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Neutron and X-ray diffraction study of the broken symmetry phase transition in solid deuterium


The solid hydrogen compounds D2, HD and H2 remain quantum molecular solids up to pressures in the 100 GPa range1. A remarkable macroscopic consequence is the existence of a pressure-induced broken symmetry phase transition2,3,4, in which the molecules go from a spherical rotational state to an anisotropic rotational state. Theoretical understanding of the broken symmetry phase structure remains controversial, despite numerous studies5,6,7,8,9,10. Some open questions concern the existence of long- or short-range orientational order; whether a strong isotopic shift on the transition pressure should be assigned to the nuclear zero-point motion or to quantum localization; and whether the structures are cubic, hexagonal or orthorhombic. Here we present experimental data on the structure of the broken symmetry phase in solid D2, obtained by a combination of neutron and X-ray diffraction up to 60 GPa. Our data are incompatible with orthorhombic structures predicted by recent theoretical works. We find that the broken symmetry phase structure is incommensurate with local orientational order, being similar to that found in metastable cubic para-D2.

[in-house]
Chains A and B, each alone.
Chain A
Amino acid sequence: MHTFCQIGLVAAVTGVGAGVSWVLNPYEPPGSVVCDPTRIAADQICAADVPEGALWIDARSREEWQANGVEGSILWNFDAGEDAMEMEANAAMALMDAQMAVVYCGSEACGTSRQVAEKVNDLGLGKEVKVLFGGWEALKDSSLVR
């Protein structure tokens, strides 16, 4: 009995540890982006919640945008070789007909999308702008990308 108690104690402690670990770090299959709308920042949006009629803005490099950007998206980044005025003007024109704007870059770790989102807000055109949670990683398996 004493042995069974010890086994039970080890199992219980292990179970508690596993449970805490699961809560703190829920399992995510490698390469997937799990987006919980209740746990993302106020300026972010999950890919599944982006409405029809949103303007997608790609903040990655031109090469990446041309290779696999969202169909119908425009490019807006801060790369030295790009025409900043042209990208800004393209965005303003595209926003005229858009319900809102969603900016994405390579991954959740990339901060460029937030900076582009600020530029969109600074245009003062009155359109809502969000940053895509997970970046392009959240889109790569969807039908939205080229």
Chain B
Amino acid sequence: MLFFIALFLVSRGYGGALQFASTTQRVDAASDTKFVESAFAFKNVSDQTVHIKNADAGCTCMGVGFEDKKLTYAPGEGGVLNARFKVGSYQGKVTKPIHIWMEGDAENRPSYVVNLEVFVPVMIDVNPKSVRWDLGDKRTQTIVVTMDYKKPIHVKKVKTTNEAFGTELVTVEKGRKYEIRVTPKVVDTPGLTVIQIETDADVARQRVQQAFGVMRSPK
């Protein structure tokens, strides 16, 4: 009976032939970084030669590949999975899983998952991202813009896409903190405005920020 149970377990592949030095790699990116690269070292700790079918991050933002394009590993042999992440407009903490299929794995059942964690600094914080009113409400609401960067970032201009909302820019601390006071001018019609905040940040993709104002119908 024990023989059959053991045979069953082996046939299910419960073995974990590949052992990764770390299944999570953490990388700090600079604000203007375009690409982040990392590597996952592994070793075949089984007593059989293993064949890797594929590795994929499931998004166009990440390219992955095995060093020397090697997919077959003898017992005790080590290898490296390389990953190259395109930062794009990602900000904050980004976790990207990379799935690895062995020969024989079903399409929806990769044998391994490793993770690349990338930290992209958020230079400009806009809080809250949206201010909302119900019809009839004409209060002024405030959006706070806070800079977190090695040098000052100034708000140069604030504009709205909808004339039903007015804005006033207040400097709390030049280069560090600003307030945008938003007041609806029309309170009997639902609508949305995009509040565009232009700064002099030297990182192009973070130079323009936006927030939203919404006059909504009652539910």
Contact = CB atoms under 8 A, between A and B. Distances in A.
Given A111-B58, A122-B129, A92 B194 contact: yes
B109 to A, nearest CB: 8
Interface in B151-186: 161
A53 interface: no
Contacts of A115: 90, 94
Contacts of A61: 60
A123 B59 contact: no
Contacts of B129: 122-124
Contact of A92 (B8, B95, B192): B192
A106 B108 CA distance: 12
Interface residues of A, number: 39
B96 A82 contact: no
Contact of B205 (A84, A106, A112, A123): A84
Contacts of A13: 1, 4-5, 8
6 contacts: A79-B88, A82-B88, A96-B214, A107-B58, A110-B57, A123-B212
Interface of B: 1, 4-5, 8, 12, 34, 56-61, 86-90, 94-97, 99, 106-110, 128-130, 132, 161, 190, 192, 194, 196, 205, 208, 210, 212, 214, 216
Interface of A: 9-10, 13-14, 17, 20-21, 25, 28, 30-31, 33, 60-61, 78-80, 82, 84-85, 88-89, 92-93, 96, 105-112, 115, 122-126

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We thank A. Goukasov and O. Makarova for help in neutron experiments, and R. LeToullec, F. Occelli, M. Hanfland and M. Mezouar for help with the X-ray work.

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Correspondence to Igor Goncharenko or Paul Loubeyre.

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Further reading

Figure 1: X-ray diffraction measurements at the I–II phase transition in solid D2.
Figure 2: Neutron diffraction measurements at the I–II phase transition on a single crystal of D 2 at 38 GPa with helium pressure transmitting medium.
Figure 3: Proposed structure for phase II of D2.
Figure 4: Experimental evidence of a superstructure in phase II.


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